It is a common observation that when a little sugar or salt is dissolved in water, a homogeneous and stable mixture of the two components is obtained which is called as solution. Of these two components, the one (here sugar or the salt) which is present in small quantity is called as solute while the other (here water) present in larger quantity is called as solvent.
The solution is homogeneous because the molecules or the ions of the solute become evenly distributed throughout the solvent. It is a stable system because the molecules or the ions do not settle down. Sometimes more than one solutes may be dissolved in a solvent to form a stable and homogeneous mixture. Thus, a true solution may be defined as a homogeneous and stable mixture of two or more chemical substances. In a true solution the particles are not visible even under highest power of the microscope.
It is usually implied from the term solution that some solid is dissolved in water or other liquid. But, the solvent may be either a gas or solid too, and in strict physical sense there may be 9 different kinds of solutions as follows.
When certain solid is dissolved in water (which is a very common phenomenon), the solution can pass through parchment membrane or collodion. All the substances having this property were called as crystalloids by Thomas Graham.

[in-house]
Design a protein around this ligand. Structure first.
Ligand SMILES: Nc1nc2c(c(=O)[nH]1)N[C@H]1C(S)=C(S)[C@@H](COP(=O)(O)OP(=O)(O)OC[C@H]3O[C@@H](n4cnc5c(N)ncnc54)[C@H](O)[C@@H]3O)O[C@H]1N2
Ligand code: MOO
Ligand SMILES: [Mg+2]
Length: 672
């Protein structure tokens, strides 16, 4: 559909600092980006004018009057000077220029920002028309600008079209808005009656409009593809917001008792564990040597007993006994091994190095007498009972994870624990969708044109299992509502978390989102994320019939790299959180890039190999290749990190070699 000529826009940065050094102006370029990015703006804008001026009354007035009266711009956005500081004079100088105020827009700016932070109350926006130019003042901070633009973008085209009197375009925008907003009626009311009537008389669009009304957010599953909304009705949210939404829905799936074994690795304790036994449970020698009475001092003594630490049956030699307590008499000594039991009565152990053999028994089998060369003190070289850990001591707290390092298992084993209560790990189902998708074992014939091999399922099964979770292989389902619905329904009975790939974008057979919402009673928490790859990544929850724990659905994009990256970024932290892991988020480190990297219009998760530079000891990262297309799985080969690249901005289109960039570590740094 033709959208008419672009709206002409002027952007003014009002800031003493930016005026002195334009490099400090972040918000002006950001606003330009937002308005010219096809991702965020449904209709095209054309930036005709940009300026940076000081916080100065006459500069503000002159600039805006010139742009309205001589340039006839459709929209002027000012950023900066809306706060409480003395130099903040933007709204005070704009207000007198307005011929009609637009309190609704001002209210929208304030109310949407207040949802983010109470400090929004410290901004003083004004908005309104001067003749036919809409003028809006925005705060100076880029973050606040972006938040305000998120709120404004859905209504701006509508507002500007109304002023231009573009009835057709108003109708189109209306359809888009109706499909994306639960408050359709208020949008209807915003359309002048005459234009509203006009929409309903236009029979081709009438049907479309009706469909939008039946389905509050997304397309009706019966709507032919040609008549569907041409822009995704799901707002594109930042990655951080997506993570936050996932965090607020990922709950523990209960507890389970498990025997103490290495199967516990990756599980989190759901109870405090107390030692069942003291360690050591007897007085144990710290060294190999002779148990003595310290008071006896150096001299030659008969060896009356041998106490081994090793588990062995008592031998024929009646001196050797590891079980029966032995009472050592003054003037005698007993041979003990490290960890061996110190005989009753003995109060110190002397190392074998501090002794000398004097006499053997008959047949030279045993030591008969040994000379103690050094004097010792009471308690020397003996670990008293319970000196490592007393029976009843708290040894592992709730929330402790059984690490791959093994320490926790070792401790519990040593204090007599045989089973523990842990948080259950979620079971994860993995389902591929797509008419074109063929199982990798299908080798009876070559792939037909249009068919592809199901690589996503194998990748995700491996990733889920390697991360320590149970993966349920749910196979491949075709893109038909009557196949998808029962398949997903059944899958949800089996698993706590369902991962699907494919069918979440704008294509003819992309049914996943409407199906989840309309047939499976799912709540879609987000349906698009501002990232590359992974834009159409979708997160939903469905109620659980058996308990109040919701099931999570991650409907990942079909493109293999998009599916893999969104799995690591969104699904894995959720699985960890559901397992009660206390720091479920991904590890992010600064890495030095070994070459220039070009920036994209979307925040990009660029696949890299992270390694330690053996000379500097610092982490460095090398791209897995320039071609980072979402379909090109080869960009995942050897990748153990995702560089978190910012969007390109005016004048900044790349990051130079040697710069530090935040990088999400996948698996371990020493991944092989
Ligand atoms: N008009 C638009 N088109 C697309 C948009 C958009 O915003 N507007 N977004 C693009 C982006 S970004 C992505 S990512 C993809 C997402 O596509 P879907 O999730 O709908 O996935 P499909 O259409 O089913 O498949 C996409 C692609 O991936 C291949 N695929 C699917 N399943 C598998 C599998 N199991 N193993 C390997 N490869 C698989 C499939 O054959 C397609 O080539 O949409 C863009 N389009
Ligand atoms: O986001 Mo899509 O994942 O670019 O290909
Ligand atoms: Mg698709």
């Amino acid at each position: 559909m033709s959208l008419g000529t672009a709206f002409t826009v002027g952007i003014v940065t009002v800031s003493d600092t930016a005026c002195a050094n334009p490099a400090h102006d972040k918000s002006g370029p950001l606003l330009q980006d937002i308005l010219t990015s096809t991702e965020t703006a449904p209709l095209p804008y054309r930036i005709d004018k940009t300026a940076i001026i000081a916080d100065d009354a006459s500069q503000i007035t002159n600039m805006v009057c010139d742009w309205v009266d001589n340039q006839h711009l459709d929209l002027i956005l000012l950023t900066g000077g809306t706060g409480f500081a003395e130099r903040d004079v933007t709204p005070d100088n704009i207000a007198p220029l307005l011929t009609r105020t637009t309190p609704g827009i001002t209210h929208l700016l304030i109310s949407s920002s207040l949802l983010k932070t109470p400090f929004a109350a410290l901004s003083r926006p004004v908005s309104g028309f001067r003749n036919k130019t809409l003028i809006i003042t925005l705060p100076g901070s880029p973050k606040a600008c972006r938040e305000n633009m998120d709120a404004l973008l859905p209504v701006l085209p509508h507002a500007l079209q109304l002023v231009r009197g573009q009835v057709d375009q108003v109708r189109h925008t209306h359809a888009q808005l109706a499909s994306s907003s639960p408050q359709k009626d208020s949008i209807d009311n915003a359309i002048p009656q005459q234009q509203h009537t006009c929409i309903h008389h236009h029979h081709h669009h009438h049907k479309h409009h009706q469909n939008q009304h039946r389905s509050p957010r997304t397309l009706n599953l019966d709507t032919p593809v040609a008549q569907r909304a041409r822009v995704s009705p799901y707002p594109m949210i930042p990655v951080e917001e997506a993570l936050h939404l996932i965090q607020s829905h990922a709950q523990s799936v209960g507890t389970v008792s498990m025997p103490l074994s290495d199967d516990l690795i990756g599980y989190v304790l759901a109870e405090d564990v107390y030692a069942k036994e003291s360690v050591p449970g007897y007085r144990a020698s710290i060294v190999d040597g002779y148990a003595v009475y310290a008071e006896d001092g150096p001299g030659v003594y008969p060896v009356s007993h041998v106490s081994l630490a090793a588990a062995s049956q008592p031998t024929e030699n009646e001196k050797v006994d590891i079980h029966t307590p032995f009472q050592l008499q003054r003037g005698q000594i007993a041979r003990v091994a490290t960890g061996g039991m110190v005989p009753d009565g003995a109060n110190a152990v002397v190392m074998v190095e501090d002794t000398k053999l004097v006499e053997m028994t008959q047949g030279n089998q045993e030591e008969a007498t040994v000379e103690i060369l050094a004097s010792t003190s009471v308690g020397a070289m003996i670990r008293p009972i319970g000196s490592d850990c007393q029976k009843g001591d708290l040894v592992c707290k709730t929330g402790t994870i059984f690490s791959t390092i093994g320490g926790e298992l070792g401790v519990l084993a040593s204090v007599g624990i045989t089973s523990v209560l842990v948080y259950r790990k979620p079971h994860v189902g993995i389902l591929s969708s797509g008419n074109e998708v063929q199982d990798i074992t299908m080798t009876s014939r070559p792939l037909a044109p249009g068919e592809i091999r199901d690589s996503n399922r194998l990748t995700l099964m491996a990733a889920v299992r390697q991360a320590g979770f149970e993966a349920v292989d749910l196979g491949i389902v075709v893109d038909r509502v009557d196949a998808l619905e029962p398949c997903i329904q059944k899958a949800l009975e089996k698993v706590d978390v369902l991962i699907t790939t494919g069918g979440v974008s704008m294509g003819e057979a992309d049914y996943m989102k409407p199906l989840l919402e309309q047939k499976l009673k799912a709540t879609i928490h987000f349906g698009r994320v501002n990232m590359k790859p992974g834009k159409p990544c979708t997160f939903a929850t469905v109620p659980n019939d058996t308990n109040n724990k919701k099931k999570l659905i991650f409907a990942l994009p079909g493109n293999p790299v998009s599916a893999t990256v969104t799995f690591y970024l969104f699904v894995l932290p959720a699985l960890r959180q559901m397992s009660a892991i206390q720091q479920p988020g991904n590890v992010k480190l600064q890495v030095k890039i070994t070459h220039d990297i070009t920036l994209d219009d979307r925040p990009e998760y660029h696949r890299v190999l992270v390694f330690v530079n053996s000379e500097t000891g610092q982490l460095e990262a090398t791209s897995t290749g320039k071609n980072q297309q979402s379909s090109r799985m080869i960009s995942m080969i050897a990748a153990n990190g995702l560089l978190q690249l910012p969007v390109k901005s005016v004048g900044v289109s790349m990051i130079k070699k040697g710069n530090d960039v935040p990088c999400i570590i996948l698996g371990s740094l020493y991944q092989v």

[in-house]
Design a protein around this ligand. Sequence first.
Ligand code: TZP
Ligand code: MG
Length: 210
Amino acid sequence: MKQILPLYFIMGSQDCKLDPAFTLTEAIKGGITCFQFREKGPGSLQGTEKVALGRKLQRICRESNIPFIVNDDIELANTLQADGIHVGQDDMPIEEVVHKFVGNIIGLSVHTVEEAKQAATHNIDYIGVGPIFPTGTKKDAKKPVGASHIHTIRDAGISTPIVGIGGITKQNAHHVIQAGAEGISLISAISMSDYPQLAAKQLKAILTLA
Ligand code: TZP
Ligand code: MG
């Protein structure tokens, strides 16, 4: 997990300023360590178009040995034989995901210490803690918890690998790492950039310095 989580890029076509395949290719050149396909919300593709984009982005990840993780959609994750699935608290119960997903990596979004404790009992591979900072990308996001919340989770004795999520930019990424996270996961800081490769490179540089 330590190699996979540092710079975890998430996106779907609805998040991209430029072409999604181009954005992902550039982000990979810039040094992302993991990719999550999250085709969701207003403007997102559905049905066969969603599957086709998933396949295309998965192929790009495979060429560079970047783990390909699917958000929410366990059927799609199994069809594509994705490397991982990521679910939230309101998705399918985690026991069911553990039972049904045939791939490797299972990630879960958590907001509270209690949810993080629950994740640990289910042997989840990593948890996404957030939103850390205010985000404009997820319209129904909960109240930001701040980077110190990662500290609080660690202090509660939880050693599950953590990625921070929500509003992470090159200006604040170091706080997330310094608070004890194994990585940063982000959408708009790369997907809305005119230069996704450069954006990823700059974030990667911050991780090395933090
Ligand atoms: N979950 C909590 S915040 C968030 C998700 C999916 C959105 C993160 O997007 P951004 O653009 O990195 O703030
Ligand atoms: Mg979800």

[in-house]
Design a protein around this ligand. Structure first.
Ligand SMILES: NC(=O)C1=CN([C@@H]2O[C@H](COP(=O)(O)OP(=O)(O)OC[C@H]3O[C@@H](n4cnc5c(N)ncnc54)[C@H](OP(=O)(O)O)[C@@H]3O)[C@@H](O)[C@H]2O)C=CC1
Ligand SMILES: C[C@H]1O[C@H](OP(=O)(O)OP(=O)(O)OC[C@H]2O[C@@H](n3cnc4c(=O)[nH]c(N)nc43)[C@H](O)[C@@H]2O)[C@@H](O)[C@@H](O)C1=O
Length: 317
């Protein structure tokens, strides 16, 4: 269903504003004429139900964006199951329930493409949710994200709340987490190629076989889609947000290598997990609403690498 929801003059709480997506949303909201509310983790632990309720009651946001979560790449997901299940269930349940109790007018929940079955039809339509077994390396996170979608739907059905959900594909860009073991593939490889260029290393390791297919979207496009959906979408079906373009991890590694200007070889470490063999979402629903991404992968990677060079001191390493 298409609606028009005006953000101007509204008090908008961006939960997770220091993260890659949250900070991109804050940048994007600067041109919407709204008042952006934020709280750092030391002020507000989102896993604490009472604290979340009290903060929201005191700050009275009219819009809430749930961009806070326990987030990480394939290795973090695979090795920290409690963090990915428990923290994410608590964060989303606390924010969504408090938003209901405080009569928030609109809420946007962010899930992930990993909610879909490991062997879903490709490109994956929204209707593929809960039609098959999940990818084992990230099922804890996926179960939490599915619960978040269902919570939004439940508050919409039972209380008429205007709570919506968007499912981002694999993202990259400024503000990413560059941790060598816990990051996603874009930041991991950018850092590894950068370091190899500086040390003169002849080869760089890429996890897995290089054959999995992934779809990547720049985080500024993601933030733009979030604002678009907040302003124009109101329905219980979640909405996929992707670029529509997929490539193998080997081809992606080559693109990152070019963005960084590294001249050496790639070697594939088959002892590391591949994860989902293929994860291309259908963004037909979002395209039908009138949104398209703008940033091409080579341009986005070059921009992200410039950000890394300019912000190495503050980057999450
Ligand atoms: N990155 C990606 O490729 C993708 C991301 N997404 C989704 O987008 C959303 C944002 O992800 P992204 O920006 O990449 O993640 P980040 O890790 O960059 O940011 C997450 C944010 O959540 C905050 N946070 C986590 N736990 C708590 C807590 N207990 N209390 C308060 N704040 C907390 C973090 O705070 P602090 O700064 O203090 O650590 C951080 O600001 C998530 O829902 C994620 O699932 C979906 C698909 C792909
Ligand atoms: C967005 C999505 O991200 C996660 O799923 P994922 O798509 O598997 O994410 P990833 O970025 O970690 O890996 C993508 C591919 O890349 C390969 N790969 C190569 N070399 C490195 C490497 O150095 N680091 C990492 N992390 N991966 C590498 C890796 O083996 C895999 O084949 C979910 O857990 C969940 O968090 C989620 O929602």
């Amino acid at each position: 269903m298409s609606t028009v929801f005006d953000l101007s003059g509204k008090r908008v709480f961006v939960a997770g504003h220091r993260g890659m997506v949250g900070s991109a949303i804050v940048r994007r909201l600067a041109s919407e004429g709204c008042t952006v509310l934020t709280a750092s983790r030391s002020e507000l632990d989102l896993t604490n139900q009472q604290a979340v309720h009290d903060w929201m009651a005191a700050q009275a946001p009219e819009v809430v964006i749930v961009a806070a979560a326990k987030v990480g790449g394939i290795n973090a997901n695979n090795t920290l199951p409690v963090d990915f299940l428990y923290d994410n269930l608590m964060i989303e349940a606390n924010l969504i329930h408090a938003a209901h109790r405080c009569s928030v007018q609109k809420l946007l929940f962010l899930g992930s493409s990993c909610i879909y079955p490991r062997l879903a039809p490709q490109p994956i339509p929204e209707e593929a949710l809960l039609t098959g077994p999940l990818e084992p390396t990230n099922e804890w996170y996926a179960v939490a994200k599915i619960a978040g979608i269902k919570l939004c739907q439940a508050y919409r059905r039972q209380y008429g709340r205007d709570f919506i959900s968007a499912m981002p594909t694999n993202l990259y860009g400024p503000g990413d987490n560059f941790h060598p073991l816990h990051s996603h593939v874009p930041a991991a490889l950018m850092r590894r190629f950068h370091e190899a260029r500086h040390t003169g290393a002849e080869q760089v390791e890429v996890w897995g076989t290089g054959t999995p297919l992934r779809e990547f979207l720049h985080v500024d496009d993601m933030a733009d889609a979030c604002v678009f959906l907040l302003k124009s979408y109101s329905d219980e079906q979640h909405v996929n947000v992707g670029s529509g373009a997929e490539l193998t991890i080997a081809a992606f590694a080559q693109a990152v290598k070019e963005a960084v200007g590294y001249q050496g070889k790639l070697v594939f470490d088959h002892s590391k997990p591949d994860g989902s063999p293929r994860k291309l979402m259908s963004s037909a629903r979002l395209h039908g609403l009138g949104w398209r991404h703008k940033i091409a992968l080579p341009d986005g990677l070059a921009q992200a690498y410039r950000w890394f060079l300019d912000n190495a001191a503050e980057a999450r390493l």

If some fine sand is mixed with water in a beaker, the sand particles become dispersed in water. They do not break into molecules or ions but after a very short period settle down leaving almost a clear water above. Such an unstable system of a solid and liquid is called as suspension. Due to their large size, the suspended particles are visible under microscope and in coarse suspension can be seen even with naked eyes.
If in place of sand, a little fine clay is mixed with water, the clay particles remain dispersed in it. They neither break into molecules or ions nor they settle down even after long period of time. Such a heterogeneous and stable system is called as colloidal suspension or colloidal system.
In the above colloidal system the clay particles form a dispersed phase or discontinuous phase while the water forms dispersion medium or continuous phase.
(Originally, the term ‘colloids’ was used by Thomas Graham (1861) to include such substances as starch, gum gelatin etc. whose glue-like solutions have little or no tendency to pass through parchment membrane or collodion. But it is now possible to obtain all the substances in colloidal condition which may not be glue like in nature.)
Although there are 8 different kinds of colloidal systems, only one of them (solid + liquid type) is mainly discussed here. This type of colloidal system in which the solid forms the dispersed phase and the liquid dispersion medium, has a fluid like consistency and is called as colloidal solution or simply as sol.
The particles of the dispersed phase in colloidal solution are called as colloidal particles or sol particles or micelles. The size of the colloidal particles is in between the size of particles of true solutions and suspensions (Fig. 2.2).
The colloidal particles are not visible under microscope but can be observed under an ultra-microscope.
Colloidal solutions may be of two types:
(i) Lyophilic (solvent loving) and
(ii) Lyophobic (solvent hating).